Saturday, April 14, 2007

Family Facts

1. Children in intact families are less likely to experience poor health than peers in single-mother homes.

2. Children who experience a parental separation are more likely to encounter health problems.

3. Children living with both parents are at less risk for psychiatric disease, suicide, injury, and drug addiction.

4. Youth in intact families are less likely to report ever having had a sexually transmitted disease.

5. Among twenty year olds, projected life expectancy is higher for those who attend church at least once a week.

6. Married individuals have a lower mortality risk than those never-married and divorced or separated.

7. Married men face a lower mortality risk than their unmarried peers, regardless of household income and living arrangement.

8. Married women report, on average, better physical and psychological health than unmarried or formerly married women.

9. Among stressful life events, divorce or separation is the strongest predictor of breast cancer in women.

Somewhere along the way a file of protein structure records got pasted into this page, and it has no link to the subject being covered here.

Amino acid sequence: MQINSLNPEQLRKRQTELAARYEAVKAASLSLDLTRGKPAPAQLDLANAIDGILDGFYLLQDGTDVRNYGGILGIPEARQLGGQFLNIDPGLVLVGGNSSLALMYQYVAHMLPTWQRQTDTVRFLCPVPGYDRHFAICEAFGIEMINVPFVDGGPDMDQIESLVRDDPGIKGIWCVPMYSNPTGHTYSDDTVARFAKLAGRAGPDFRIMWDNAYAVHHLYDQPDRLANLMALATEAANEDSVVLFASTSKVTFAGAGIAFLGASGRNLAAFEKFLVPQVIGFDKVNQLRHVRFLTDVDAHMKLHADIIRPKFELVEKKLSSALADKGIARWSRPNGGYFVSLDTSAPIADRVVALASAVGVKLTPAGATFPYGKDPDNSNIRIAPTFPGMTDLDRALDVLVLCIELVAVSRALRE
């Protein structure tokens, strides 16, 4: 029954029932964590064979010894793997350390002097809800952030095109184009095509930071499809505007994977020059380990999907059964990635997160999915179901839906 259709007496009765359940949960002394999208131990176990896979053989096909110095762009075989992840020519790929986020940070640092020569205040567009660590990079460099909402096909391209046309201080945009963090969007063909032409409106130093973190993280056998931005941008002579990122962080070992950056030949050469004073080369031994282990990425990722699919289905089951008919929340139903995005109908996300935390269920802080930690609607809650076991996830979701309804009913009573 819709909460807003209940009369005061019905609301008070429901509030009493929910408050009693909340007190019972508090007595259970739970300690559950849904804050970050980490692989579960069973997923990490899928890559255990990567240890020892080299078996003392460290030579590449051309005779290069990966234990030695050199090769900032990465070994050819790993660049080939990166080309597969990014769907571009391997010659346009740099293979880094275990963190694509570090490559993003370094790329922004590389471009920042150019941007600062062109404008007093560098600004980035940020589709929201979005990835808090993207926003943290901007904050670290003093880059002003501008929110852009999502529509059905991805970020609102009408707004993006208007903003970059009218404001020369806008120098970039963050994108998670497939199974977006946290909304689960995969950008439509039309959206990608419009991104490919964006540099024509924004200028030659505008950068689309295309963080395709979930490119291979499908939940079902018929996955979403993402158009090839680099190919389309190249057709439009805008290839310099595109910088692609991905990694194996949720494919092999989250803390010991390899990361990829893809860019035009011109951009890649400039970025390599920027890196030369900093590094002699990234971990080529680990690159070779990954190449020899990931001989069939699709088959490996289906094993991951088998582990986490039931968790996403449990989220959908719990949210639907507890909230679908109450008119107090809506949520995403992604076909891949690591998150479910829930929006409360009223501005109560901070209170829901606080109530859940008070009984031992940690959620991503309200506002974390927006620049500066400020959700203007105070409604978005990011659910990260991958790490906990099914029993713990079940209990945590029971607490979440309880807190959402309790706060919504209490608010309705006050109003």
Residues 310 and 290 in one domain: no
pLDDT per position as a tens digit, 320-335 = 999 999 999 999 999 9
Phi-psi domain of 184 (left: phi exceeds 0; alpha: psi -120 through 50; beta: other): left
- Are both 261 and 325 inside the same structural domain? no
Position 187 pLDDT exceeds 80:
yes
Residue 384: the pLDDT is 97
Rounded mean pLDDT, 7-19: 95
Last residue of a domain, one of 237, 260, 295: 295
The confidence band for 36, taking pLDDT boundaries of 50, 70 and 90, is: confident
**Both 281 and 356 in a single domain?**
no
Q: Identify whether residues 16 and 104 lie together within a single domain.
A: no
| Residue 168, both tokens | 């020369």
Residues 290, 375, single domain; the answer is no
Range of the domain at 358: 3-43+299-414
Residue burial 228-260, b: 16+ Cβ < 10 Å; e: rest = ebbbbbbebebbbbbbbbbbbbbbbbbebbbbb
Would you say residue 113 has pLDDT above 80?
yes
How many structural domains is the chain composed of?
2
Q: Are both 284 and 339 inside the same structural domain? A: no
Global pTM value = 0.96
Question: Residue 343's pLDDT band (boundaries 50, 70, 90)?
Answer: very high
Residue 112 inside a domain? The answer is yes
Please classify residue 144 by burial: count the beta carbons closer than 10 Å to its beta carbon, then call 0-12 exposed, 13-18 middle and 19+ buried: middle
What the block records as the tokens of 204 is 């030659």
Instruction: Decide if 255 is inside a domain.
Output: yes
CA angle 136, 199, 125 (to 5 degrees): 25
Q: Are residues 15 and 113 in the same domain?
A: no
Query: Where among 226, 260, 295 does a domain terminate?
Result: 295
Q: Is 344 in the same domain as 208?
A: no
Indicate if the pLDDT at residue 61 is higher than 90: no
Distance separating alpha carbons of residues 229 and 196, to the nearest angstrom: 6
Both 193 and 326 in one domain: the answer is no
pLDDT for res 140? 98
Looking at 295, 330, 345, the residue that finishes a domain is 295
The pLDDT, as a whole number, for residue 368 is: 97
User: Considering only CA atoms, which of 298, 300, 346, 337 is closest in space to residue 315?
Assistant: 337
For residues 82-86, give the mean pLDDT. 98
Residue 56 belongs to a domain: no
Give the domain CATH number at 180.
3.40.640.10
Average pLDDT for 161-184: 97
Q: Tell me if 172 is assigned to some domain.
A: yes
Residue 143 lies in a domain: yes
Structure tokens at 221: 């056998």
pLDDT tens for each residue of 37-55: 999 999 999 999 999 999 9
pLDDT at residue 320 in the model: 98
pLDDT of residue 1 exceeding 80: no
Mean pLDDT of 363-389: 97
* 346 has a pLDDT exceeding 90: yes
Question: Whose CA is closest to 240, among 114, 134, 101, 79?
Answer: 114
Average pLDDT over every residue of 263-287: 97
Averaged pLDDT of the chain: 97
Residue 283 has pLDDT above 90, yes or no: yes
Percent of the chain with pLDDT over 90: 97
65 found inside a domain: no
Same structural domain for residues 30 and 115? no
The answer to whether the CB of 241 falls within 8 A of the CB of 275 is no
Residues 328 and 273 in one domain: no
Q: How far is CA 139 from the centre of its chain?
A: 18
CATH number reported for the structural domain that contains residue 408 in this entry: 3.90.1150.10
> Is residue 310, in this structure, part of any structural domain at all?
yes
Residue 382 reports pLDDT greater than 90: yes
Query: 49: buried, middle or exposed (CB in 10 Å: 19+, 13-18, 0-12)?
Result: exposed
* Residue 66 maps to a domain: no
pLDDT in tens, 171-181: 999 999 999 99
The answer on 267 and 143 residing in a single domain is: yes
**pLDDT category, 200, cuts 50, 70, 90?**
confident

10. Women who change sexual partners after a pregnancy are more likely to miscarry in a subsequent pregnancy, compared to women who remain with the same partner.

» April Top Ten Findings «

» Featured Findings Archives «

Top Ten Archives

March 2007
Protecting the Family

February 2007
To Wed or Cohabit?

January 2007
Poverty and Families

December 2006
Family, Religion, and Adolescent Well-Being

November 2006
Why We're Thankful for Family

October 2006
Civic Engagement
September 2006
Back to School

August 2006
A Closer Look at Welfare

July 2006
Parenting Matters

Family Research Experts

Pat Fagan
William H. G. FitzGerald
Research Fellow in Family and Cultural Issues

Christine Kim
Policy Analyst
Domestic Policy Studies

Jennifer Marshall
Domestic Policy Studies

For Interviews call Media Relations at (202) 675-1761
The Heritage Foundation's catalogs social science findings on the family, society and religion gleaned from peer-reviewed journals, books and government surveys. Serving policymakers, journalists, scholars and the general public, makes social science research easily accessible to the non-specialist.

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